Imagine that you are the parent or grandparent of a child with cerebral palsy, autism, Down's syndrome, the victim of an automobile accident, or subject to any other disabling condition. When preparing an estate plan, most parents or grandparents want nothing more than to provide for their disabled family member, but are wisely concerned that leaving an inheritance to a disabled individual would cause a loss or reduction in Medicaid, SSI, or other governmental benefits that may impose a limitation on the amount of assets or income an individual can have. One possible solution is the use of a properly drafted special needs trust to hold inherited assets for the benefit of the disabled beneficiary.
A special needs trust is a unique trust arrangement whereby the trustee holds the assets and has complete discretion on the timing and amount of any distributions to be made to or for the benefit of the disabled individual. The assets in a special needs trust often consist of inherited money, but in certain circumstances, lifetime gifts can also be made to the trust from the individual establishing the trust or from outside parties provided certain rules are followed. Additionally, a special needs trust can be created that exists immediately (during the donor's lifetime), or it can be created upon death through their regular estate planning documents such as a will or revocable living trust. Properly drafted trusts will be very clear that the intent of the trust is to "supplement and not supplant" governmental benefits.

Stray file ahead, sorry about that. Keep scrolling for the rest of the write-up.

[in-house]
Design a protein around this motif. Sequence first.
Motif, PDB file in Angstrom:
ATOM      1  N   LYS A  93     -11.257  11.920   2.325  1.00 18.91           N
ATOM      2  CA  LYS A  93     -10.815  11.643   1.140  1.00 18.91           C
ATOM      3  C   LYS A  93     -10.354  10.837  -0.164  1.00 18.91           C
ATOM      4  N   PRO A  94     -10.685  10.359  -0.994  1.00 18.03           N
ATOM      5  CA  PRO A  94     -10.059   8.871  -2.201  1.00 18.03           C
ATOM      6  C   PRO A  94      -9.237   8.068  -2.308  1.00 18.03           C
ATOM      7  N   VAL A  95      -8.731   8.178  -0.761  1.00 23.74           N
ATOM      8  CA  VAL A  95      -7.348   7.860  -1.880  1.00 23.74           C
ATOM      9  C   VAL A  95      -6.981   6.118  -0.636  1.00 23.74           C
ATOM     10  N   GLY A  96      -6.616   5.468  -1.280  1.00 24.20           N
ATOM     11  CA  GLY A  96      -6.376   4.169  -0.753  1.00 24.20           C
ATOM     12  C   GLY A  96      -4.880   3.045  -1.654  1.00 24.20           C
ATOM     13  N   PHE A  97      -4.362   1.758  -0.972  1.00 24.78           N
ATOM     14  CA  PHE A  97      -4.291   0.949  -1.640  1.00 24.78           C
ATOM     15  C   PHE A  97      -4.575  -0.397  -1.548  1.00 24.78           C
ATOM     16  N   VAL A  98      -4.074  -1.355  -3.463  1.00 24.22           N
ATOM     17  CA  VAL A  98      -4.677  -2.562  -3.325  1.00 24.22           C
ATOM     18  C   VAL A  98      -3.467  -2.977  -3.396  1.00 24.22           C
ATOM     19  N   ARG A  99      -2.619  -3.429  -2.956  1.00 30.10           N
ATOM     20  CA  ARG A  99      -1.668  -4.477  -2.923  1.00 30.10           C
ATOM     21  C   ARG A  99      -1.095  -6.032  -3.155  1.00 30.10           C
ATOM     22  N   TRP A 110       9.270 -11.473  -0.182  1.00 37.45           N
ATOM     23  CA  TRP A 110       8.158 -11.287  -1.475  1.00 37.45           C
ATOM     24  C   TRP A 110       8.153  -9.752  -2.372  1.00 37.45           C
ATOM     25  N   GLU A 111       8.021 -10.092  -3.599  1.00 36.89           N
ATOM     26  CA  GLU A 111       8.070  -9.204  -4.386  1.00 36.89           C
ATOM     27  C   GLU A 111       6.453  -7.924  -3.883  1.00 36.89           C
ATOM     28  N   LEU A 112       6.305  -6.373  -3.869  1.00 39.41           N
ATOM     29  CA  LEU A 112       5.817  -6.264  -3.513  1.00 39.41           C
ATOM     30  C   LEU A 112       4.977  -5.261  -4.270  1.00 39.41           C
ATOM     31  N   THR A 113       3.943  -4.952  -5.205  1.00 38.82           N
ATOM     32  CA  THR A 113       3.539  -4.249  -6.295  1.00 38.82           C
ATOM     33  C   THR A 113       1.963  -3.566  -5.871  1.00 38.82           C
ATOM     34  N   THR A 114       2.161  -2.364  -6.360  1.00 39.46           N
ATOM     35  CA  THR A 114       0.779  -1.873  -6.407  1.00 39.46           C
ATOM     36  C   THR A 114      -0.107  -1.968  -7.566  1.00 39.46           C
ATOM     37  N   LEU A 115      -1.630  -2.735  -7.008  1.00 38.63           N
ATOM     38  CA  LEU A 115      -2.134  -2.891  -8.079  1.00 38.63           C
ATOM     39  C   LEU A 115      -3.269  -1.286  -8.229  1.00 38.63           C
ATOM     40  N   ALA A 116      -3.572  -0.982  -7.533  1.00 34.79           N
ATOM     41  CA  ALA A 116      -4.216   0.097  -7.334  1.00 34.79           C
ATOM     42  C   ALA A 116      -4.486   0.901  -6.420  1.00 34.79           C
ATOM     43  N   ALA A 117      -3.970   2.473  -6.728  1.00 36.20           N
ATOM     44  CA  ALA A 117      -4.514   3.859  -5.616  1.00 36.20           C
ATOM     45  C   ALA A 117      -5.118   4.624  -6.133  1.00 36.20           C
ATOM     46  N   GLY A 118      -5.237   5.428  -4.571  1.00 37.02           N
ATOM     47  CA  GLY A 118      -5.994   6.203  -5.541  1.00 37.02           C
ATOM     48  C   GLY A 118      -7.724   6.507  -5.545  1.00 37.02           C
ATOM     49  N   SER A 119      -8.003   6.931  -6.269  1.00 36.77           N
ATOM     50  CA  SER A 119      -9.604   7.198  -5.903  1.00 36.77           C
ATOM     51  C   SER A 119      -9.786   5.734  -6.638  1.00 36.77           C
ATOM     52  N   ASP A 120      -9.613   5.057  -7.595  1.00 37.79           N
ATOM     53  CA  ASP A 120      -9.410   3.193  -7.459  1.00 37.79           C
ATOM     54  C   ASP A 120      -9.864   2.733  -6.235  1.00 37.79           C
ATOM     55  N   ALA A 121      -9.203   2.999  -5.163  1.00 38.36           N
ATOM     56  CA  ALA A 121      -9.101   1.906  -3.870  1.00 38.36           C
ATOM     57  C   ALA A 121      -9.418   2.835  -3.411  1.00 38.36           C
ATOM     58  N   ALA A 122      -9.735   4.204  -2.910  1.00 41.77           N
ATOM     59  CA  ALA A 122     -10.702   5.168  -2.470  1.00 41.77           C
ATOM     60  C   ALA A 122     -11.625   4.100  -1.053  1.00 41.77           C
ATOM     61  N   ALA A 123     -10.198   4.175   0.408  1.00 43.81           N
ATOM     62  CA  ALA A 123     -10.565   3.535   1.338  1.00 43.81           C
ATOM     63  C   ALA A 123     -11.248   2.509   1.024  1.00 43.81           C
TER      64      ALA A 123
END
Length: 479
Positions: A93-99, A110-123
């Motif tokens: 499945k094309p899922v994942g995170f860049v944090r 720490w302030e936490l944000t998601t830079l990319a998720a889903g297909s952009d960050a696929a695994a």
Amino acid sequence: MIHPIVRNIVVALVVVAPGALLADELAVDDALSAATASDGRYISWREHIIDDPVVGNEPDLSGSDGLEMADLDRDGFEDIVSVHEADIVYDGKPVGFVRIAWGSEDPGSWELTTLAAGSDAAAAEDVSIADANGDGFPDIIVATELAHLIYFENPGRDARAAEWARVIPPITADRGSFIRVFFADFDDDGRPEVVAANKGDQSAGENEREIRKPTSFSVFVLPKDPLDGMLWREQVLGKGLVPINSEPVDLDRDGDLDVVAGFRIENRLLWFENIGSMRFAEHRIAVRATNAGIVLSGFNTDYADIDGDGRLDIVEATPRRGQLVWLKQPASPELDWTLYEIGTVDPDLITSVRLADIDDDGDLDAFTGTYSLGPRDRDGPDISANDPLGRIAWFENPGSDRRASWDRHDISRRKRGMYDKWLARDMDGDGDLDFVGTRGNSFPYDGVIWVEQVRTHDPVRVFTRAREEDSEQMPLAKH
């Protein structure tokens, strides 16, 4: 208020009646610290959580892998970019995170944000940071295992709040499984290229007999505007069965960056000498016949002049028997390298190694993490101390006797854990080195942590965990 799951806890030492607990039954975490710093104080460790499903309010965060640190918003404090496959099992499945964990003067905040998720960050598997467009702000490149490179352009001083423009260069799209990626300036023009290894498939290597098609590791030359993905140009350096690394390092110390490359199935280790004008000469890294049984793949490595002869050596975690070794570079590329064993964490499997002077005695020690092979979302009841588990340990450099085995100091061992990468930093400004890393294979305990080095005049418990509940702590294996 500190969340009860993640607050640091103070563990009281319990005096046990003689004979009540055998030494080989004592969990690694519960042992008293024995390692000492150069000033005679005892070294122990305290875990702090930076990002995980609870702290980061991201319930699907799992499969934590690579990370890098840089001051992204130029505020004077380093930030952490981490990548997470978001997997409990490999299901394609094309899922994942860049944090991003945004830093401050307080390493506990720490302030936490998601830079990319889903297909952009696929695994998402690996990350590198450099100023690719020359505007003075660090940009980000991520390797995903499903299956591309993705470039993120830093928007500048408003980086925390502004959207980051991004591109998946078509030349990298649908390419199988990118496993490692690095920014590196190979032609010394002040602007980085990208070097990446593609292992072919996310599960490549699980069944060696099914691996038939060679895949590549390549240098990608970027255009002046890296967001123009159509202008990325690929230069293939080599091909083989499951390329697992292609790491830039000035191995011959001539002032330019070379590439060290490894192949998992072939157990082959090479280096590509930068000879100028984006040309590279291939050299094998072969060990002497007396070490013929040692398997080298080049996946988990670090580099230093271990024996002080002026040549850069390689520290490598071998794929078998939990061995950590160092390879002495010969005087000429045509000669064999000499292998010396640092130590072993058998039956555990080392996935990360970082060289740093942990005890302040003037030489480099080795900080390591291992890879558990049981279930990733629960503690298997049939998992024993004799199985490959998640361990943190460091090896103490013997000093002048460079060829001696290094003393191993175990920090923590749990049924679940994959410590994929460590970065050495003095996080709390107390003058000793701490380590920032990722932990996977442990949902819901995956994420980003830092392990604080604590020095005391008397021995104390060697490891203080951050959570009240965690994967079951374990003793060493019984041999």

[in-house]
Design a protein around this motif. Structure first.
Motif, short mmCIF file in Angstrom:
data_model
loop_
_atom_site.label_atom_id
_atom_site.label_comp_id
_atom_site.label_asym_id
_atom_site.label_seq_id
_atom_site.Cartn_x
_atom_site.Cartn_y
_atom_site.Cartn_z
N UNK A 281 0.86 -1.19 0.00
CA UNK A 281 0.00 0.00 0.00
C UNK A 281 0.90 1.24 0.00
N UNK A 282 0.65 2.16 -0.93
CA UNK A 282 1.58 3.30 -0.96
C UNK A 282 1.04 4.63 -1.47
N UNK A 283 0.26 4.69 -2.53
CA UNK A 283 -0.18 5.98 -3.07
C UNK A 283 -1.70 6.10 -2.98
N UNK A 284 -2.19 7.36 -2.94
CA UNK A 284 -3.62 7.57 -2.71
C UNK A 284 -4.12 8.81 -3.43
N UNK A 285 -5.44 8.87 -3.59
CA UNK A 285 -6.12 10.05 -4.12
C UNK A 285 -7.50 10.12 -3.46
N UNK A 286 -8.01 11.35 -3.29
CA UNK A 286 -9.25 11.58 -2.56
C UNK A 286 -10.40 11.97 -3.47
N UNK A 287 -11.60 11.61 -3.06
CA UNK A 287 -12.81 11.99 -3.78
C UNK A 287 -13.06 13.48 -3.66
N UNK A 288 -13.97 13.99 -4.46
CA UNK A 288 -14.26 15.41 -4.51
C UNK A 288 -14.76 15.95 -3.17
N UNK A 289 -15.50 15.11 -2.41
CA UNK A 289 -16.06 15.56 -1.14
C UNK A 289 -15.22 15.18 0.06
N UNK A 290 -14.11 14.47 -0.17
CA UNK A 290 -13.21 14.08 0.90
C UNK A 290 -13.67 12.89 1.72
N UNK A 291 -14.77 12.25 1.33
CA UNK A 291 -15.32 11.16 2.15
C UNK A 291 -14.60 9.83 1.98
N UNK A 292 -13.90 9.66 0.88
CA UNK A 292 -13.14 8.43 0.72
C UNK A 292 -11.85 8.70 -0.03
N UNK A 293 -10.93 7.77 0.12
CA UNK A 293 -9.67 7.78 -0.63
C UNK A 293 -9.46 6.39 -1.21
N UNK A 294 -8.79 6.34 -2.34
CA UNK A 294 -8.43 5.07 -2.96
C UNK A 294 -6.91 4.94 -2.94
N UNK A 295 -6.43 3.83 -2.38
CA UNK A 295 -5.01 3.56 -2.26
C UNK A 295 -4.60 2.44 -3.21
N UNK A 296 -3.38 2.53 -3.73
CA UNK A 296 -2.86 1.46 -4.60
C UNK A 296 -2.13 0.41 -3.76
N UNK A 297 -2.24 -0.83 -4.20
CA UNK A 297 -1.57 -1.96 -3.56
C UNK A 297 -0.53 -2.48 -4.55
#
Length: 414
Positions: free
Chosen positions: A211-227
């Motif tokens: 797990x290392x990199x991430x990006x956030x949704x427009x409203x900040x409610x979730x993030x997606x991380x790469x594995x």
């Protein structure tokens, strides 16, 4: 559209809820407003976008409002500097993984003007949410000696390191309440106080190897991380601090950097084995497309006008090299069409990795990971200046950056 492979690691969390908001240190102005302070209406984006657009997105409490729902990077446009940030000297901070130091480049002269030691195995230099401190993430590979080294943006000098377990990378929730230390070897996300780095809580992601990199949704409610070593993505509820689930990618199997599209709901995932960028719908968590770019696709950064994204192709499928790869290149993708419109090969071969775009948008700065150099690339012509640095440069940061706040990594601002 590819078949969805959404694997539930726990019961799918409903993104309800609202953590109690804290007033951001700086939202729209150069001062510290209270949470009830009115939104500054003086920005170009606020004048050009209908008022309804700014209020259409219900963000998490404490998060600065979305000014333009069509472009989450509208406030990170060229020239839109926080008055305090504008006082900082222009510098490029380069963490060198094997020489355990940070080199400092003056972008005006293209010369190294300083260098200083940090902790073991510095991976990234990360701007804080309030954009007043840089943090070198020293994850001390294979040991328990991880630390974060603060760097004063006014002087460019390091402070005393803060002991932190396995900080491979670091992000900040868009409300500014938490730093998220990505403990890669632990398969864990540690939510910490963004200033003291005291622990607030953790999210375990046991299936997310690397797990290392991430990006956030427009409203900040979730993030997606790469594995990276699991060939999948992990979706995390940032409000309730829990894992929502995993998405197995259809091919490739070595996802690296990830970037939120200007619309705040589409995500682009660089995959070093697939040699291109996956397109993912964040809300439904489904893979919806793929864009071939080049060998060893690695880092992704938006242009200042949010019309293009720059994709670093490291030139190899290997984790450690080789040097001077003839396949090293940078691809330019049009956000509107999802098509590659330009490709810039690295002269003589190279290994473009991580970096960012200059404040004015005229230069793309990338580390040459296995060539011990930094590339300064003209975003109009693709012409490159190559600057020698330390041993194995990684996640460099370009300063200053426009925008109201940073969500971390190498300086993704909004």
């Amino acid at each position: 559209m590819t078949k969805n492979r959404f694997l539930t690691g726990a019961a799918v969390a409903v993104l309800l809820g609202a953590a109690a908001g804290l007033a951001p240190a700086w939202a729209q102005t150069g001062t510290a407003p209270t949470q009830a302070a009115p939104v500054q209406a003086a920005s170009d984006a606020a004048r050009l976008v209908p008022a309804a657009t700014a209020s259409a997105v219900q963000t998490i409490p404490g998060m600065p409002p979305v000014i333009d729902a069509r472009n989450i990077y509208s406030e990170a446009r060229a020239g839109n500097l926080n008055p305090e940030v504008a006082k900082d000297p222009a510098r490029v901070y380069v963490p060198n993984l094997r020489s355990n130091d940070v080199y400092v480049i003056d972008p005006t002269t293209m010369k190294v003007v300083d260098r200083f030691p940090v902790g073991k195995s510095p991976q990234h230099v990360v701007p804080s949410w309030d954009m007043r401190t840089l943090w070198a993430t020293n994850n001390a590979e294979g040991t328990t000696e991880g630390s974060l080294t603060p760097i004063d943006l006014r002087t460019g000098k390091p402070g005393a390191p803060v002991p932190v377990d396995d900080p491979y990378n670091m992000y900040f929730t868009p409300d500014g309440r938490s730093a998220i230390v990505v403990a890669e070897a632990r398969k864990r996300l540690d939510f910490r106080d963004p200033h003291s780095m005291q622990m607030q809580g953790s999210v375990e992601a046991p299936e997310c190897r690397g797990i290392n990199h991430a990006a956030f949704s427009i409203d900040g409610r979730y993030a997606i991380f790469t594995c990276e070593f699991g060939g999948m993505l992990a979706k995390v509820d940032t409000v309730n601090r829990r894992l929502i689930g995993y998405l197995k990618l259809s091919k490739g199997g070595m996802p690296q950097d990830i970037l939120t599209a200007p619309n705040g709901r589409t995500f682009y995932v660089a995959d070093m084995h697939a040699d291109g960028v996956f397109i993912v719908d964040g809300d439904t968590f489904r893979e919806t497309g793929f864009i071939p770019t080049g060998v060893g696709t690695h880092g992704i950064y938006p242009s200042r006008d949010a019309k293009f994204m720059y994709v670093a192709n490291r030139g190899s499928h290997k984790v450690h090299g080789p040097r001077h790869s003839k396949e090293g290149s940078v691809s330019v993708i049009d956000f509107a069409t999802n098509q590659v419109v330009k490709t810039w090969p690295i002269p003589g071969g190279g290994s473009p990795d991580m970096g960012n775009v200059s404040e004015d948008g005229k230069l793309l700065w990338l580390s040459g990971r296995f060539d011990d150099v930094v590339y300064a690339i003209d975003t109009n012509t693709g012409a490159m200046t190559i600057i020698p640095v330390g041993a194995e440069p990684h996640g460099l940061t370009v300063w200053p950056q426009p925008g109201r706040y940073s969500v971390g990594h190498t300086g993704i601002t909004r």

A few common examples of distributions that would supplement state and/or federal governmental benefit programs include: nicer living accommodations, entertainment, cultural or social activities, travel or vacations, participation in non-covered therapeutic programs such as equine or aquatic programs, or certain medical costs when the preferred treatment provider doesn't participate in Medicaid or other applicable governmental programs. If not for the funds placed into the special needs trust, the individual would either have to forgo these non-essential, but important needs, or family members would have to pay for these items out of their own funds, for which they have no obligation, and many times do not have the financial means, to provide.
If the disabled individual has acquired funds of their own, there are certain types of "self-settled" special needs trusts that can hold a disabled individual's assets while permitting the individual to maintain his or her qualification for public benefits. In certain circumstances, a court must approve the creation of a self-settled special needs trust or must approve the transfer of the disabled individual's assets into the trust in order to preserve benefit qualification. The rules governing self-settled trusts are very different than the third party special needs trusts discussed above; therefore, it is important to make sure that the attorney drafting either type of trust is familiar with the unique requirements of each.